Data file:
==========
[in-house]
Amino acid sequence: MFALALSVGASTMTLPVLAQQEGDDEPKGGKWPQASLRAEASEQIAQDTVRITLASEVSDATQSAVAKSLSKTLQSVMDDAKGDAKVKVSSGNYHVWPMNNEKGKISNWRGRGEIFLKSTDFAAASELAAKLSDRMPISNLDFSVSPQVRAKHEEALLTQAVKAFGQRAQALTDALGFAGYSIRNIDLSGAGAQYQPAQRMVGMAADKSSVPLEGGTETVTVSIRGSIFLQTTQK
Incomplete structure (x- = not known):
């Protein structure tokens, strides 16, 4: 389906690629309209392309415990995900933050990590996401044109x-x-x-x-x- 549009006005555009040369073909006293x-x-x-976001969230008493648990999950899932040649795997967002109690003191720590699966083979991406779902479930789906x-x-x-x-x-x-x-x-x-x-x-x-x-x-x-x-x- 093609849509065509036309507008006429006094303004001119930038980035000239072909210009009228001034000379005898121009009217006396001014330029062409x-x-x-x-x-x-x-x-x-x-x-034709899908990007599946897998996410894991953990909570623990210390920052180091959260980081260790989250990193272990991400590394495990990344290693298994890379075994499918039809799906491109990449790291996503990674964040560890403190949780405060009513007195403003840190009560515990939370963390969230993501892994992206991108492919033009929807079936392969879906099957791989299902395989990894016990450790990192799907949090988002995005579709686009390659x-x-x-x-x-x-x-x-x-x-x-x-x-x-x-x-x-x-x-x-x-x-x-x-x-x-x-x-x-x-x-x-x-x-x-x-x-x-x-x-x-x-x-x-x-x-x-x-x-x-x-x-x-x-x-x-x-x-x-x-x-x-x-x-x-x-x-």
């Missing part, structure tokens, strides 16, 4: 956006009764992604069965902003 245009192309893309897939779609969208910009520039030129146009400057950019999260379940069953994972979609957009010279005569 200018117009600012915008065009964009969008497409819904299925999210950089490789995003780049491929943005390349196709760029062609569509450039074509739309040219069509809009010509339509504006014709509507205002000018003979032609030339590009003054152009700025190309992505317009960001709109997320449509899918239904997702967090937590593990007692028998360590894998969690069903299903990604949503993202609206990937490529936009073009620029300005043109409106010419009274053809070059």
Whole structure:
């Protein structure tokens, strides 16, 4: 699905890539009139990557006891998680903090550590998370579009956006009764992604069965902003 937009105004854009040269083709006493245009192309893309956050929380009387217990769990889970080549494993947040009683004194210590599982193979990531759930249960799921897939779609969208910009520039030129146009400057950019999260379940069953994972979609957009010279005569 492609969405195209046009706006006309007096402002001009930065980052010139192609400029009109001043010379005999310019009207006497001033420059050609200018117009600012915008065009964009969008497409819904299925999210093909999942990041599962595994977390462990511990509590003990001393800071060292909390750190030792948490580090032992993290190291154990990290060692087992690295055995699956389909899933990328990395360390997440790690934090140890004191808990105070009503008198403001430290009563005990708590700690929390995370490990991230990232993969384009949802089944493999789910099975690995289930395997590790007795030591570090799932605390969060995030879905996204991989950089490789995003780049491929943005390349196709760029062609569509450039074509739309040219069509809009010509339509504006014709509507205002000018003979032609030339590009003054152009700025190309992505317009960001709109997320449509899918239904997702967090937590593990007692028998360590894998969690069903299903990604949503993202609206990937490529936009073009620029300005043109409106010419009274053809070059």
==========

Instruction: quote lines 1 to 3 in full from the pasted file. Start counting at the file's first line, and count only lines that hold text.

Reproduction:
[in-house]
Amino acid sequence: MFALALSVGASTMTLPVLAQQEGDDEPKGGKWPQASLRAEASEQIAQDTVRITLASEVSDATQSAVAKSLSKTLQSVMDDAKGDAKVKVSSGNYHVWPMNNEKGKISNWRGRGEIFLKSTDFAAASELAAKLSDRMPISNLDFSVSPQVRAKHEEALLTQAVKAFGQRAQALTDALGFAGYSIRNIDLSGAGAQYQPAQRMVGMAADKSSVPLEGGTETVTVSIRGSIFLQTTQK
Incomplete structure (x- = not known):